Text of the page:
The Oak Ridge City Council on Monday will consider applying for a state grant worth up to $500,000 to install synthetic turf at Blankenship Field. It’s the first phase of a multi-million-dollar proposal to renovate Blankenship Field and Jack Armstrong Stadium.
The application that City Council will consider is a Local Parks and Recreation Fund grant from the Tennessee Department of Environment and Conservation. The grant requires a 50 percent match, which would be provided by the nonprofit Blankenship Field Revitalization Foundation. The requested grant funding could range between $250,000 and $500,000.
The Local Parks and Recreation Fund, or LPRF, grant provides state funding for parks and recreation development and capital projects, said Jon Hetrick, Oak Ridge Recreation and Parks director. It requires the facility to be maintained as a public recreational facility and open to the public. Grant reports must be filed with the state every five years to document ongoing use as a public recreational facility.
The synthetic turf would replicate lush natural grass and require less maintenance than the current playing surface, Bermuda grass, Hetrick said. It would also increase playability, is more durable than grass, and eliminates the problem of spring and fall rains, advocates said. They said the synthetic turf could save 50,000 gallons of water per week during the growing season and lead to fewer injuries.
The estimated total cost of the project, including new ornamental fencing around the playing surface, is $1 million, according to a February 24 letter from the Blankenship Field Revitalization Foundation to City Council and City Manager Mark Watson. The Foundation could provide matching funds as either cash or in-kind services secured from private donors.
“This grant will enable us to expand usage of the facility to thousands of local residents for a variety of events and venues by creating a multi-purpose facility that will include music, sports, and community events,” the Foundation said in the letter. “The present condition of the field has limited opportunity for usage by the public for additional events.”
The Blankenship Field Revitalization Foundation said the revitalization will complement other efforts to recognize the historical significance of Oak Ridge, including in the Jackson Square area and through the recently established Manhattan Project National Historical Park.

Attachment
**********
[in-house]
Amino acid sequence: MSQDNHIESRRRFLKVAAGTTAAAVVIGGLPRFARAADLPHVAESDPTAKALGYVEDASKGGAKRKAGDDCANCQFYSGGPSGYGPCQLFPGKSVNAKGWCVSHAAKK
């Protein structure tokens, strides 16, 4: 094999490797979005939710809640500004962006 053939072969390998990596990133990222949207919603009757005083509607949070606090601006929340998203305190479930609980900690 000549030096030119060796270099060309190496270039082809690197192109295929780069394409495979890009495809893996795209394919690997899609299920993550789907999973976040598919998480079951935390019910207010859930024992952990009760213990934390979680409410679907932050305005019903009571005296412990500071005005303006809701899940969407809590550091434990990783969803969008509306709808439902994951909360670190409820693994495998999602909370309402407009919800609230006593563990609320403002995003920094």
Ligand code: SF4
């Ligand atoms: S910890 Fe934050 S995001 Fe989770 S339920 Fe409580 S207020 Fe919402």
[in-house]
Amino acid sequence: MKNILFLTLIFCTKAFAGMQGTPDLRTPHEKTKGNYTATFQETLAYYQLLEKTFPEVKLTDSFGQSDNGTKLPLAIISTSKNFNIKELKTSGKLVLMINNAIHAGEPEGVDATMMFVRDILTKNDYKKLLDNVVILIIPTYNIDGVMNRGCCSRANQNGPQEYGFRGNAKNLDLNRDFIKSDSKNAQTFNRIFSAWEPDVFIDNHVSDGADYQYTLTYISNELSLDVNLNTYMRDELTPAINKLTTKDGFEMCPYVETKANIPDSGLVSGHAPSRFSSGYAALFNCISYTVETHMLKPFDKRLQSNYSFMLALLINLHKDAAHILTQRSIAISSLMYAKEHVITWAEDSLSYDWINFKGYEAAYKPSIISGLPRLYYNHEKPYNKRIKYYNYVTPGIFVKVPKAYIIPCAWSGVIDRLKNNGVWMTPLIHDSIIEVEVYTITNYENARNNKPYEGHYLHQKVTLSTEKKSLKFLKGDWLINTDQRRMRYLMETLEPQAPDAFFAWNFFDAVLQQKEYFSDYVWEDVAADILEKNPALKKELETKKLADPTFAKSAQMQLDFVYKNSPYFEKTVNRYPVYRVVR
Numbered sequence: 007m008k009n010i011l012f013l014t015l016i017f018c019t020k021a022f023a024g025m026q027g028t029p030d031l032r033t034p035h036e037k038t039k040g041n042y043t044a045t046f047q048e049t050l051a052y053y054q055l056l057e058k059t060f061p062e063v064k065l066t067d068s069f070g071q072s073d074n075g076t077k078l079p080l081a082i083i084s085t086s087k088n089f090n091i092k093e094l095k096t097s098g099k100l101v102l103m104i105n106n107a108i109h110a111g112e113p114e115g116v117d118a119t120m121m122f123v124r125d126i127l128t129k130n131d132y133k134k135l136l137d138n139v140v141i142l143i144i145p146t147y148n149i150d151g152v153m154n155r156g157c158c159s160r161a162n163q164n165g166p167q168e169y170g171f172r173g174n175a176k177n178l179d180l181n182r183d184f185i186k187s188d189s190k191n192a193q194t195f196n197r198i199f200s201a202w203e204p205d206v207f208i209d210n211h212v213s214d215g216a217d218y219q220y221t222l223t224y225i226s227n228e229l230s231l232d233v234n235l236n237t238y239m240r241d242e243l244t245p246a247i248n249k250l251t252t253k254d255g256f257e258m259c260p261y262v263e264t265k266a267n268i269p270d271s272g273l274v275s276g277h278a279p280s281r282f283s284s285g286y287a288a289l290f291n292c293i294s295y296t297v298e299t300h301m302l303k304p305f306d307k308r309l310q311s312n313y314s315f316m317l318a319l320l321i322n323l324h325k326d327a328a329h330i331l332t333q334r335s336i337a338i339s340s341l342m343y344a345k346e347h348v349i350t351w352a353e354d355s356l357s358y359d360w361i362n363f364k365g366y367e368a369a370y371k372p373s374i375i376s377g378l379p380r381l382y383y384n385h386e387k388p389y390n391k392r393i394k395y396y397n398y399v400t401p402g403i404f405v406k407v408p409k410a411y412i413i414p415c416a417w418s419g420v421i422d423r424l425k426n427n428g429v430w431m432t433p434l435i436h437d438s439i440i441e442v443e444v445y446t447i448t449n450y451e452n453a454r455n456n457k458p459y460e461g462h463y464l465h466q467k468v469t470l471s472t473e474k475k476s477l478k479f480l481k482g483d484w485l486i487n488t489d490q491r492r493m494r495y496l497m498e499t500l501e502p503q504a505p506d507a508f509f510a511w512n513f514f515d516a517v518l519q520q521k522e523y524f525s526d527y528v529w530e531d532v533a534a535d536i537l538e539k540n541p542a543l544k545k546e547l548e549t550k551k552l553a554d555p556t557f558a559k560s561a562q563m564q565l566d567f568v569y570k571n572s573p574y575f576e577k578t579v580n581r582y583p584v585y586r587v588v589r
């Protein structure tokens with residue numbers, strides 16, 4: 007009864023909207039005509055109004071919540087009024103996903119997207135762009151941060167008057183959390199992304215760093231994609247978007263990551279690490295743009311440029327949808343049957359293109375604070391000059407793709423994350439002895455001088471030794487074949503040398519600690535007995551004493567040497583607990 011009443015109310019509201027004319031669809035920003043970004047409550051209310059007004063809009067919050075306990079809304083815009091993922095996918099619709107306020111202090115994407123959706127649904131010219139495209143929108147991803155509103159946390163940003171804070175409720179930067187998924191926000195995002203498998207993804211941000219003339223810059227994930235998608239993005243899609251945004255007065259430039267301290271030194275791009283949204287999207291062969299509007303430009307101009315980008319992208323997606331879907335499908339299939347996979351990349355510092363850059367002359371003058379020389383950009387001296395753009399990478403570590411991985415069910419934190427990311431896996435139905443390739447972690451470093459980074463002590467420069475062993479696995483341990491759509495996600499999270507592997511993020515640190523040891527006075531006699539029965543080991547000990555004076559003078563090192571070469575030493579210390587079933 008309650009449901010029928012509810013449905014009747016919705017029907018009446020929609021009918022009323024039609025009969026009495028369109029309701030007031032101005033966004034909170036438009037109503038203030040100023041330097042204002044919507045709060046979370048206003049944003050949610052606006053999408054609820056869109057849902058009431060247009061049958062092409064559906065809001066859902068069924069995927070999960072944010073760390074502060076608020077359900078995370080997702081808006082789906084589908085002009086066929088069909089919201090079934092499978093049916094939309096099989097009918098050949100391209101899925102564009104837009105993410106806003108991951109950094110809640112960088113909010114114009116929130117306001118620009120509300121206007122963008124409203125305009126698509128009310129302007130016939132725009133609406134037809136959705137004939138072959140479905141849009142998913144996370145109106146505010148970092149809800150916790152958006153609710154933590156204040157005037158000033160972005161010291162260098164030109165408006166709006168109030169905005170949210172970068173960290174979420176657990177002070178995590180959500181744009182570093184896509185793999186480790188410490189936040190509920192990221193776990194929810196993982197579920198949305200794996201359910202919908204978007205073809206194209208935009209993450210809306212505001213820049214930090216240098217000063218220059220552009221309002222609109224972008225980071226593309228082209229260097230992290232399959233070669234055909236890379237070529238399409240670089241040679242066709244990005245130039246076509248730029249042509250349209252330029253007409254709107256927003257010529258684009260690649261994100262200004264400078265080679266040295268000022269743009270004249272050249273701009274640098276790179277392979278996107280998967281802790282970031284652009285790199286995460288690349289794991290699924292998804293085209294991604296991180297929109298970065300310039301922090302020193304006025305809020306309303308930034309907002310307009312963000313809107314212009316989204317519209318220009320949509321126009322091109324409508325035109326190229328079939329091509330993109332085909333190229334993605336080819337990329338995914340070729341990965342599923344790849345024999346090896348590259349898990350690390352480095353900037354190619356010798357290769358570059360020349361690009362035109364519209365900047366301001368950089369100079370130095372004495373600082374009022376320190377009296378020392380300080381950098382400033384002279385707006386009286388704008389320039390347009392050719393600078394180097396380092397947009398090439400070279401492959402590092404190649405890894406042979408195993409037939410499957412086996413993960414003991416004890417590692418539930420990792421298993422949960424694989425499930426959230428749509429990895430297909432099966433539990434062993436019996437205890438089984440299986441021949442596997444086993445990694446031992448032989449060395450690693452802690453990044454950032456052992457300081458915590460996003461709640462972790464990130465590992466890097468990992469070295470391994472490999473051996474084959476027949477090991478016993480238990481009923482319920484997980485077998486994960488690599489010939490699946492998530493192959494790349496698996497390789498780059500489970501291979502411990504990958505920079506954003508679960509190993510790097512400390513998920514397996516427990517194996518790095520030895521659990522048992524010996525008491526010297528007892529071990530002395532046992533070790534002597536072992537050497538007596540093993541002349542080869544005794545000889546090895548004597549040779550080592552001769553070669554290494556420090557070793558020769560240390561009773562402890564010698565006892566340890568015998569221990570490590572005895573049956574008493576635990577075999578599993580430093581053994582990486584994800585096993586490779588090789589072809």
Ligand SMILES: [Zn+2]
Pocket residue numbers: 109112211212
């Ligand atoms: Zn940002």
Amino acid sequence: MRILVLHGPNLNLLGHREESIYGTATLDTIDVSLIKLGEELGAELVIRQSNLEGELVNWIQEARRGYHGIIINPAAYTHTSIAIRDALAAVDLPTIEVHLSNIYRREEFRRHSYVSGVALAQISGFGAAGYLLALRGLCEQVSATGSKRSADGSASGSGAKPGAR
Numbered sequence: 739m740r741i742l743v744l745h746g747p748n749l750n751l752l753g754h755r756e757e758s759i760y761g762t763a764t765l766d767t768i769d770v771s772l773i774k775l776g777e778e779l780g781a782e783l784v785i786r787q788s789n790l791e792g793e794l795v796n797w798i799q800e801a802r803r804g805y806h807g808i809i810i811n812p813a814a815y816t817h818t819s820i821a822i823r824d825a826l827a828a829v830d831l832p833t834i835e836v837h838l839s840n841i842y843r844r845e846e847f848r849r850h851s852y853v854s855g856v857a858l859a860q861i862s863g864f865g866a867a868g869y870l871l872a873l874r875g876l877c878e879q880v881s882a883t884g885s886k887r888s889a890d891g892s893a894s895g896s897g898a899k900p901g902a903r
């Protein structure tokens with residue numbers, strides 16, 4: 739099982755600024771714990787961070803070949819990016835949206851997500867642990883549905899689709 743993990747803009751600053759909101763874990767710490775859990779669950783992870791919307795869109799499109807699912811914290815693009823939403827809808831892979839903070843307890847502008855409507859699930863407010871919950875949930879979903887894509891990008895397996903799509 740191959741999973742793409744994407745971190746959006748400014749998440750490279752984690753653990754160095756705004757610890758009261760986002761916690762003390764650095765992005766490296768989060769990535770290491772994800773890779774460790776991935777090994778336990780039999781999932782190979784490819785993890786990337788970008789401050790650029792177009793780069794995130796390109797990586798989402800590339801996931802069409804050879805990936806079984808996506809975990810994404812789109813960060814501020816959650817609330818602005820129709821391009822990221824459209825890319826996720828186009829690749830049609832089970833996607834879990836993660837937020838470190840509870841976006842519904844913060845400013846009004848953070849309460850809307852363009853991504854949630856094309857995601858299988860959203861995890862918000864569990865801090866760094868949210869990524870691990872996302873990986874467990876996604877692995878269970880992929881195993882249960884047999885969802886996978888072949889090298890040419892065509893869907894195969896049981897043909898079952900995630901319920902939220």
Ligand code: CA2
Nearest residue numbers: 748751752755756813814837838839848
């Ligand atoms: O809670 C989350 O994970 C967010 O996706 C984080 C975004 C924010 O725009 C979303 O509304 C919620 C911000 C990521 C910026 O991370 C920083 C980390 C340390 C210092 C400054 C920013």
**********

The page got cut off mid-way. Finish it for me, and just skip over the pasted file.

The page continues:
“This is the first phase of a multi-million-dollar vision of a state-of-the-are facility that will enable our children and our community to appreciate our history and prosper in the future,” said Randy McNally, chair of the Blankenship Field Revitalization Foundation.
Hetrick said the Blankenship Field Revitalization Foundation presented its proposal to the Recreation and Parks Advisory Board in February, and the board supported it unanimously.
Hetrick said the city has previously received LPRF grants for ballfields and recreational facilities.
Other area schools are also considering or working on installing synthetic turf, including in Anderson and Knox counties. The Oak Ridge Wildcats played on two synthetic turf fields in 2015, one in Kingsport Dobyns-Bennett and the other in Sevier County.
So far, the work at Blankenship Field and Jack Armstrong Stadium has included:
- replacement of the visitors side bleachers and contouring of the east bank for $500,000 (Oak Ridge Schools);
- contouring and landscaping the north bank for $35,000 (Oak Ridge Schools and Oak Ridge Quarterback Club);
- installing visitors steps for $15,000 (Oak Ridge Schools); and
- renovating the Broadway Avenue parking lot for $250,000 (City of Oak Ridge).
Other projects included in Phase I include installation of an LED scoreboard with video and media options, a new entrance with ticket booths at field level, and new fencing, visitors concessions and restrooms, and home side bleachers and grandstand.
Phase II would include a new home side stadium with expanded locker rooms, press box, and club seating and communications.
The Blankenship Field Revitalization Foundation is led by McNally and a board comprised of 18 other officers and directors: Operating Officer David Beck, Secretary Scott Underwood, Treasurer David Bradshaw, and directors Richard G. Chinn Jr., Christopher J. Corwin, Pete Craven, Joe Gaddis, Lawrence A. Hahn, Len M. Hart, Jim Helton, Mike Mullins, James T. Normand, Gregory S. Palmer, Phil Parrett, Jack Pope, James C. Powers, Jill Prudden, Nat Revis, Wayne Roquemore, and John Smith.
The Oak Ridge City Council meeting starts at 7 p.m. Monday, March 14, in the Municipal Building Courtroom. See the agenda here.
More information will be added as it becomes available.
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